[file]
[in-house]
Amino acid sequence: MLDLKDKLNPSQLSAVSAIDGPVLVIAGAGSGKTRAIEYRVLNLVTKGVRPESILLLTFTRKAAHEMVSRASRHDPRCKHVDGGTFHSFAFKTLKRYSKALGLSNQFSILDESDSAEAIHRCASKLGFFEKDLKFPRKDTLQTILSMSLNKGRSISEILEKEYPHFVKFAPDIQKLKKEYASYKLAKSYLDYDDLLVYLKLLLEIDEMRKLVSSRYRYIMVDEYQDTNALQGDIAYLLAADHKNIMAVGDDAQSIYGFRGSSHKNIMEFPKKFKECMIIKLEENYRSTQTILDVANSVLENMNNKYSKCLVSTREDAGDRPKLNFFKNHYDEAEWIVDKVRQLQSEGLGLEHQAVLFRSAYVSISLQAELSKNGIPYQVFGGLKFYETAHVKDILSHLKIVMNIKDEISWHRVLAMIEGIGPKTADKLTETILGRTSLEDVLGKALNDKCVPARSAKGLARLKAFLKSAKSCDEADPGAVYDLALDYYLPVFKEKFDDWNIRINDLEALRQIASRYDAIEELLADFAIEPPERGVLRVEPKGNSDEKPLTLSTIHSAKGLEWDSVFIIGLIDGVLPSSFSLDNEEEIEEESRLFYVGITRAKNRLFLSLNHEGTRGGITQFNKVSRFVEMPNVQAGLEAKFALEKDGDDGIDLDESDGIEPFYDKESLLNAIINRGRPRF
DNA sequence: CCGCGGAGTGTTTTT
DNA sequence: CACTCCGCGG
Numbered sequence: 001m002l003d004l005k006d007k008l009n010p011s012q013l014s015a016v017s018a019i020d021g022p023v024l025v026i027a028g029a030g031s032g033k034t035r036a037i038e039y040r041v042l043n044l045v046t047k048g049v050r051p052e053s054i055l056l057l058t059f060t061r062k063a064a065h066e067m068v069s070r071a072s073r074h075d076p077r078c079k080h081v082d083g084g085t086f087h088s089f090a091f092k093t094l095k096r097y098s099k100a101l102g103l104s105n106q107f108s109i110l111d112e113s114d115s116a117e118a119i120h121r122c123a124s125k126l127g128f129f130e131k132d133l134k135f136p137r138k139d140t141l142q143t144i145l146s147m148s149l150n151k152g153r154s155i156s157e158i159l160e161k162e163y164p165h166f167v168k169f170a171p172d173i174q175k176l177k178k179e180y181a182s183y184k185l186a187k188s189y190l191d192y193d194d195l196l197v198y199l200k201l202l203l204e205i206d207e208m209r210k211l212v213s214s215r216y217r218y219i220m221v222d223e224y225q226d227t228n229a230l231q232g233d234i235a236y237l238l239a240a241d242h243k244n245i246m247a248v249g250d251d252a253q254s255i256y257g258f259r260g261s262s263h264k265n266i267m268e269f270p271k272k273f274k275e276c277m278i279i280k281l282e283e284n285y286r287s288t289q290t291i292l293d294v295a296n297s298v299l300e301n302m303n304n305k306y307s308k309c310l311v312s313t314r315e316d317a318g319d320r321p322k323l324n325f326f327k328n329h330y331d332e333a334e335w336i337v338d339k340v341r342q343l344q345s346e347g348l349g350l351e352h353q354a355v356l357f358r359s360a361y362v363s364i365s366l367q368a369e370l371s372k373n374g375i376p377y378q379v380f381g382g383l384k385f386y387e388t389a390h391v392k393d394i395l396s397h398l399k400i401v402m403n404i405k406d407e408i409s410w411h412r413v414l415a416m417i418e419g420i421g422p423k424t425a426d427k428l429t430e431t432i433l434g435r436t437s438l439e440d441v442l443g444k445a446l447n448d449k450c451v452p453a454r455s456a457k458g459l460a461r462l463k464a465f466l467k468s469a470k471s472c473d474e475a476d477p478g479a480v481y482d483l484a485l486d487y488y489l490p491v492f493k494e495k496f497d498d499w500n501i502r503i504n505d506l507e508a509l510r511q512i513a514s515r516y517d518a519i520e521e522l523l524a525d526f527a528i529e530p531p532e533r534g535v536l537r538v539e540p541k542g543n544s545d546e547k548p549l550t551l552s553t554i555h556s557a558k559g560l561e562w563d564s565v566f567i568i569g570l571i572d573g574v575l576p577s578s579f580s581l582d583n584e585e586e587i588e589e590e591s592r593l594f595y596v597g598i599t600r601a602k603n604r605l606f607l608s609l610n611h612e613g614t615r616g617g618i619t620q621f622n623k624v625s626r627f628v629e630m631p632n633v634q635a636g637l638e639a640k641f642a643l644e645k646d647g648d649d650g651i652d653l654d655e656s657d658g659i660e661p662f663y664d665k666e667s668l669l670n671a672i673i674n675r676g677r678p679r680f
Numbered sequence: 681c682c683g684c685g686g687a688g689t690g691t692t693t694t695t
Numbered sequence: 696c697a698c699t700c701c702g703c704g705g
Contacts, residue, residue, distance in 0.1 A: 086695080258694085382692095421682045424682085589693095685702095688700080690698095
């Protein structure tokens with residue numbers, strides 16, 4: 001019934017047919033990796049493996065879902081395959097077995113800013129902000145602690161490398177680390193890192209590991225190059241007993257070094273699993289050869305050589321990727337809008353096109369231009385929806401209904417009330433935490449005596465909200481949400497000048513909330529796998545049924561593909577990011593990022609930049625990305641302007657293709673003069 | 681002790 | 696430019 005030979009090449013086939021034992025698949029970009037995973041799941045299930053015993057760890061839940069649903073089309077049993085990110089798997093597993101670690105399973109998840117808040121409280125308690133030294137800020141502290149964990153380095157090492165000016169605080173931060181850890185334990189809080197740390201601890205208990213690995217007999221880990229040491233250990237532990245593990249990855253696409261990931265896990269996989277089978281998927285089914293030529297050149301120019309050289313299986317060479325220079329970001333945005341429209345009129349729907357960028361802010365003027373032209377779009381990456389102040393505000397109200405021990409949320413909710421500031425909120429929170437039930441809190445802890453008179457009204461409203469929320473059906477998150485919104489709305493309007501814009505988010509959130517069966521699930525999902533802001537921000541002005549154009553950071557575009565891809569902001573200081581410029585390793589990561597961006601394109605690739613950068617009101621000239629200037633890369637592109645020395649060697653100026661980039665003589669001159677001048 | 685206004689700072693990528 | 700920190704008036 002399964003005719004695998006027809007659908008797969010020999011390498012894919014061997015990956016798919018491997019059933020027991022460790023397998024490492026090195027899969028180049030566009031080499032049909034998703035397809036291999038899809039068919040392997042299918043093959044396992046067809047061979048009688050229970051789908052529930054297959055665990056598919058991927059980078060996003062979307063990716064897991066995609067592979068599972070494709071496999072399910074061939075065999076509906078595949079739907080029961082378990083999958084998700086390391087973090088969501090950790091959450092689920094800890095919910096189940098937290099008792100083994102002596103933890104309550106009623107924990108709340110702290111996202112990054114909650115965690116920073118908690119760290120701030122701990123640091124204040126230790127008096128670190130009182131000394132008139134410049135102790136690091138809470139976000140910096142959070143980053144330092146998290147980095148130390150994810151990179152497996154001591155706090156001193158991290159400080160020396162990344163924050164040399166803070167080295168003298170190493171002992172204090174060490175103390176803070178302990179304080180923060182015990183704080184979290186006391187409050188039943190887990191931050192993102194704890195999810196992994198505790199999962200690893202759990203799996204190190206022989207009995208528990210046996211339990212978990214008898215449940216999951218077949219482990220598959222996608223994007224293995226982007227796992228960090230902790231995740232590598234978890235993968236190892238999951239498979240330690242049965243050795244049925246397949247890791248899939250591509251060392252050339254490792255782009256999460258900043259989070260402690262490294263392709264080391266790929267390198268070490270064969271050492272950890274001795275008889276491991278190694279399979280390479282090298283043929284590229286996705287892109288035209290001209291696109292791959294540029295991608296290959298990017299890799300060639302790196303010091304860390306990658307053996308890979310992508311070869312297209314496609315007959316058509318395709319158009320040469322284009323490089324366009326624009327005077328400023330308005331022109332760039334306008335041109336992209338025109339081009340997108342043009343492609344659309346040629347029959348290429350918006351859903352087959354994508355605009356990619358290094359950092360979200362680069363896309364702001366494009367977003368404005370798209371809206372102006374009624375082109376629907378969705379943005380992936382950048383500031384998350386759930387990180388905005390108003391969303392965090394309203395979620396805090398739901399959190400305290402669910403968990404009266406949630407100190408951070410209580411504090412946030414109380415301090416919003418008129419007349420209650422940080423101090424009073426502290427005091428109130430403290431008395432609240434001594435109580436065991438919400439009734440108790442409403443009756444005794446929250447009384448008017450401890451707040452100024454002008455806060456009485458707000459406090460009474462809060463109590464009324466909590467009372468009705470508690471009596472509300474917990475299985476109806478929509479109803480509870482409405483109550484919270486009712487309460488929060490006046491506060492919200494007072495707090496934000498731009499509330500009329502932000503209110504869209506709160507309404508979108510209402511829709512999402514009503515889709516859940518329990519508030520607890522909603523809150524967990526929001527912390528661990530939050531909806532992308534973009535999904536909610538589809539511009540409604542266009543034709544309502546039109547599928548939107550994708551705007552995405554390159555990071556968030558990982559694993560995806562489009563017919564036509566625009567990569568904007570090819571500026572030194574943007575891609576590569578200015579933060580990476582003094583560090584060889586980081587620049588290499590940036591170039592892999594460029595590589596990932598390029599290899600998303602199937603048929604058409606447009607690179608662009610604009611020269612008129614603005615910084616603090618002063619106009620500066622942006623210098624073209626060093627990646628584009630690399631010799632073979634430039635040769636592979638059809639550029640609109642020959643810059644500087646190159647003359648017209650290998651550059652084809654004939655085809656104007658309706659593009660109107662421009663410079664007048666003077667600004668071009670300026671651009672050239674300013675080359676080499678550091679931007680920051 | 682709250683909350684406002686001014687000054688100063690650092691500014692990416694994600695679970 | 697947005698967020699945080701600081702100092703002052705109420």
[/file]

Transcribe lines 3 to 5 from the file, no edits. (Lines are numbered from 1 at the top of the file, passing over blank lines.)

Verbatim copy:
DNA sequence: CCGCGGAGTGTTTTT
DNA sequence: CACTCCGCGG
Numbered sequence: 001m002l003d004l005k006d007k008l009n010p011s012q013l014s015a016v017s018a019i020d021g022p023v024l025v026i027a028g029a030g031s032g033k034t035r036a037i038e039y040r041v042l043n044l045v046t047k048g049v050r051p052e053s054i055l056l057l058t059f060t061r062k063a064a065h066e067m068v069s070r071a072s073r074h075d076p077r078c079k080h081v082d083g084g085t086f087h088s089f090a091f092k093t094l095k096r097y098s099k100a101l102g103l104s105n106q107f108s109i110l111d112e113s114d115s116a117e118a119i120h121r122c123a124s125k126l127g128f129f130e131k132d133l134k135f136p137r138k139d140t141l142q143t144i145l146s147m148s149l150n151k152g153r154s155i156s157e158i159l160e161k162e163y164p165h166f167v168k169f170a171p172d173i174q175k176l177k178k179e180y181a182s183y184k185l186a187k188s189y190l191d192y193d194d195l196l197v198y199l200k201l202l203l204e205i206d207e208m209r210k211l212v213s214s215r216y217r218y219i220m221v222d223e224y225q226d227t228n229a230l231q232g233d234i235a236y237l238l239a240a241d242h243k244n245i246m247a248v249g250d251d252a253q254s255i256y257g258f259r260g261s262s263h264k265n266i267m268e269f270p271k272k273f274k275e276c277m278i279i280k281l282e283e284n285y286r287s288t289q290t291i292l293d294v295a296n297s298v299l300e301n302m303n304n305k306y307s308k309c310l311v312s313t314r315e316d317a318g319d320r321p322k323l324n325f326f327k328n329h330y331d332e333a334e335w336i337v338d339k340v341r342q343l344q345s346e347g348l349g350l351e352h353q354a355v356l357f358r359s360a361y362v363s364i365s366l367q368a369e370l371s372k373n374g375i376p377y378q379v380f381g382g383l384k385f386y387e388t389a390h391v392k393d394i395l396s397h398l399k400i401v402m403n404i405k406d407e408i409s410w411h412r413v414l415a416m417i418e419g420i421g422p423k424t425a426d427k428l429t430e431t432i433l434g435r436t437s438l439e440d441v442l443g444k445a446l447n448d449k450c451v452p453a454r455s456a457k458g459l460a461r462l463k464a465f466l467k468s469a470k471s472c473d474e475a476d477p478g479a480v481y482d483l484a485l486d487y488y489l490p491v492f493k494e495k496f497d498d499w500n501i502r503i504n505d506l507e508a509l510r511q512i513a514s515r516y517d518a519i520e521e522l523l524a525d526f527a528i529e530p531p532e533r534g535v536l537r538v539e540p541k542g543n544s545d546e547k548p549l550t551l552s553t554i555h556s557a558k559g560l561e562w563d564s565v566f567i568i569g570l571i572d573g574v575l576p577s578s579f580s581l582d583n584e585e586e587i588e589e590e591s592r593l594f595y596v597g598i599t600r601a602k603n604r605l606f607l608s609l610n611h612e613g614t615r616g617g618i619t620q621f622n623k624v625s626r627f628v629e630m631p632n633v634q635a636g637l638e639a640k641f642a643l644e645k646d647g648d649d650g651i652d653l654d655e656s657d658g659i660e661p662f663y664d665k666e667s668l669l670n671a672i673i674n675r676g677r678p679r680f